DP10703 | Eliciting and Utilizing Willingness to Pay: Evidence from Field Trials in Northern Ghana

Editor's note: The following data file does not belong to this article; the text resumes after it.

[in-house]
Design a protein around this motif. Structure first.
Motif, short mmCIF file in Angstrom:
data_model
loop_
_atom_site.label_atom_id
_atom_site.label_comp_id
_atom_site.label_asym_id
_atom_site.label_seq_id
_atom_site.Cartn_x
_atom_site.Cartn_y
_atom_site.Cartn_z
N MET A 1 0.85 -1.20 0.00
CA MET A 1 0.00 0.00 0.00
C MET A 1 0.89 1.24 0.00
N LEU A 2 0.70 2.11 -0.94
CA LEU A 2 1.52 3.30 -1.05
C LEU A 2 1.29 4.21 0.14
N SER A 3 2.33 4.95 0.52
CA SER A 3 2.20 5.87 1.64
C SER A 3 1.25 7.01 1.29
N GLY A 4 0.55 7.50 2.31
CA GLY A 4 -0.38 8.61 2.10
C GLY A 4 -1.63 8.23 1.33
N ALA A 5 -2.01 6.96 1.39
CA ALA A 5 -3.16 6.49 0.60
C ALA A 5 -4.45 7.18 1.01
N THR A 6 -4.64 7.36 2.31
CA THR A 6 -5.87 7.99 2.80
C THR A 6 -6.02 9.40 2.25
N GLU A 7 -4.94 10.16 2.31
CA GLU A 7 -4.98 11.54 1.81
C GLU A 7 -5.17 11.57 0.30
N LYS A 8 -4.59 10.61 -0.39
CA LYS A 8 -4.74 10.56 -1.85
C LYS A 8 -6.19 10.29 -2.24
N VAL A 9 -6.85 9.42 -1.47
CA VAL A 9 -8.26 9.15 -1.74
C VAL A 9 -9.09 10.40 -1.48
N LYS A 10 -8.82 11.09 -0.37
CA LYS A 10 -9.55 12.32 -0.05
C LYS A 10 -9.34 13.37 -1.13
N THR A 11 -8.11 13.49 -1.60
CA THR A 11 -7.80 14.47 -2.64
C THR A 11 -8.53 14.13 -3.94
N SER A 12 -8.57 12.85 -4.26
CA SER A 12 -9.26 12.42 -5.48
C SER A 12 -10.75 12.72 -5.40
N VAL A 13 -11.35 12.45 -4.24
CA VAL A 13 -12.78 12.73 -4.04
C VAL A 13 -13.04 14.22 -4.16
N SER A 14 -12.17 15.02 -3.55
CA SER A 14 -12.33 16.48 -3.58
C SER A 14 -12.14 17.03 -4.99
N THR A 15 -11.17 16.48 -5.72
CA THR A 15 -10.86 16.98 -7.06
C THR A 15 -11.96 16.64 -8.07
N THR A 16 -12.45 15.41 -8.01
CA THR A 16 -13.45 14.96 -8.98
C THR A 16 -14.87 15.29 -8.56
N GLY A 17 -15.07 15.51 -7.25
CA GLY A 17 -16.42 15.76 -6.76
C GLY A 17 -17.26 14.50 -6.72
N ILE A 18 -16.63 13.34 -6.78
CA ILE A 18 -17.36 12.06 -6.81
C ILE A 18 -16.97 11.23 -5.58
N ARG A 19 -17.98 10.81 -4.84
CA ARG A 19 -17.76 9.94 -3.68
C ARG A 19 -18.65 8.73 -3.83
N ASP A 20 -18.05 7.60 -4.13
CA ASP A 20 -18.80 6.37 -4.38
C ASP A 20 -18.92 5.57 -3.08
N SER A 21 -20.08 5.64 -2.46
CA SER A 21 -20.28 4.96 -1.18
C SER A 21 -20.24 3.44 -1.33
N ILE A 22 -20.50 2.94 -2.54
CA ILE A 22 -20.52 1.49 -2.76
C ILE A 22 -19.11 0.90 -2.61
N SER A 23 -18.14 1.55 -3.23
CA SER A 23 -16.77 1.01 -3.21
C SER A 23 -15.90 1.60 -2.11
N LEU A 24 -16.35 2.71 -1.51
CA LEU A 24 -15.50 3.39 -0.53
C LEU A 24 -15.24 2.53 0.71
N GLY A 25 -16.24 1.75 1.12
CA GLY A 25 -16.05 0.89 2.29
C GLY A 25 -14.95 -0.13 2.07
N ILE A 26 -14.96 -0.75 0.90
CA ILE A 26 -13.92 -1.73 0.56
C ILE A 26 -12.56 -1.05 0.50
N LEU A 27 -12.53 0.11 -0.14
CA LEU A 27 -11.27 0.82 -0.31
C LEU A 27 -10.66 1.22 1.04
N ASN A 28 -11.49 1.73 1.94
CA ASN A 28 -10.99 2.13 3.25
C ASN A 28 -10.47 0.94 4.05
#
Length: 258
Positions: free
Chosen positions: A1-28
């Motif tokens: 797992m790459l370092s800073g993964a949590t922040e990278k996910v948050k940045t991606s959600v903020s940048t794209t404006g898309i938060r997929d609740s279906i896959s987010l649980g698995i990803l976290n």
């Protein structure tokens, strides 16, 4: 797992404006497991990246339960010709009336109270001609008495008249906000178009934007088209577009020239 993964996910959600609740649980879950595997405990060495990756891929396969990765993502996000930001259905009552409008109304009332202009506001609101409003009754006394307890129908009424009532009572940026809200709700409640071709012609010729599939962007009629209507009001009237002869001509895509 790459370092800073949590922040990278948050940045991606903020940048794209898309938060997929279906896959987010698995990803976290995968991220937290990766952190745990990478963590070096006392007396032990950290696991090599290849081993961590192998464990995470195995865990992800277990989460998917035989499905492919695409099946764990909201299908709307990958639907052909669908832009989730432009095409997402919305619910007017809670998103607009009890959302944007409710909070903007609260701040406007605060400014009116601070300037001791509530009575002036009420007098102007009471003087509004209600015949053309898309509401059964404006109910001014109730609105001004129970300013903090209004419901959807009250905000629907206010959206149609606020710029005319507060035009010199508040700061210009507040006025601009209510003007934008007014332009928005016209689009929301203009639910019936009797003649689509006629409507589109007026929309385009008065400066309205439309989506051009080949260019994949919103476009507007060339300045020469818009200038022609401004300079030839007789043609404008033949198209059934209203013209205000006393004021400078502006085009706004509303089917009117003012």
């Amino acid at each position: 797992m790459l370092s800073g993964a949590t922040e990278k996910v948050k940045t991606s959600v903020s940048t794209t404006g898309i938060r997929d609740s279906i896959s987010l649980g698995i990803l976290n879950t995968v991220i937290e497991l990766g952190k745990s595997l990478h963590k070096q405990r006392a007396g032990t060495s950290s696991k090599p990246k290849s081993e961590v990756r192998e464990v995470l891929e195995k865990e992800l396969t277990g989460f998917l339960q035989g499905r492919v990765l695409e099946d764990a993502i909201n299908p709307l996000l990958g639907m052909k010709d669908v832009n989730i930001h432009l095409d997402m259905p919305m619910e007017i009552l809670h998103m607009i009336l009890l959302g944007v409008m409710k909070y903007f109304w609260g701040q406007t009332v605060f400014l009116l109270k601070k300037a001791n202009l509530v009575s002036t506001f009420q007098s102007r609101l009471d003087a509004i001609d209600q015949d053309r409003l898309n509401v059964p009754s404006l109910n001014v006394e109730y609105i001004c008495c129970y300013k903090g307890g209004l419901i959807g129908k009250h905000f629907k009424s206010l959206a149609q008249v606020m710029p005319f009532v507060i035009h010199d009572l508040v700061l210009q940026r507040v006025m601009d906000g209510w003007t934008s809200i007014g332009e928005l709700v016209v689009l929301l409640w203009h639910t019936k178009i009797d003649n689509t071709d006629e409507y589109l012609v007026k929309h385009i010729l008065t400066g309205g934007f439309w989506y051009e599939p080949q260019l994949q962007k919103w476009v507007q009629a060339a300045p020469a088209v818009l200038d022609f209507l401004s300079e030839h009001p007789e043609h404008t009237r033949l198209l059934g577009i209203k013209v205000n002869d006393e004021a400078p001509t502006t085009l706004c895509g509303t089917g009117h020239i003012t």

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We demonstrate the benefits and feasibility of using the Becker-DeGroot-Marschak (BDM) mechanism to elicit precise, individual-level willingness to pay and thereby enhance the information generated by randomized experiments. With a relatively small sample and minor modifications to a standard field experiment design, we can directly estimate demand, study the effect of prices on usage through screening and psychological (sunk-cost) effects, and compute heterogeneous marginal treatment effects. Applying the mechanism to a field experiment studying clean drinking water technology in northern Ghana, we show that even in an environment with low literacy and numeracy, BDM produces sensible results. We find that although willingness to pay for clean water technology is low relative to the cost, demand is surprisingly inelastic at low prices; prices do not generate significant sunk-cost effects; and treatment effects are heterogeneous with respect to valuation and consistent with outcomes being affected by effort expenditure.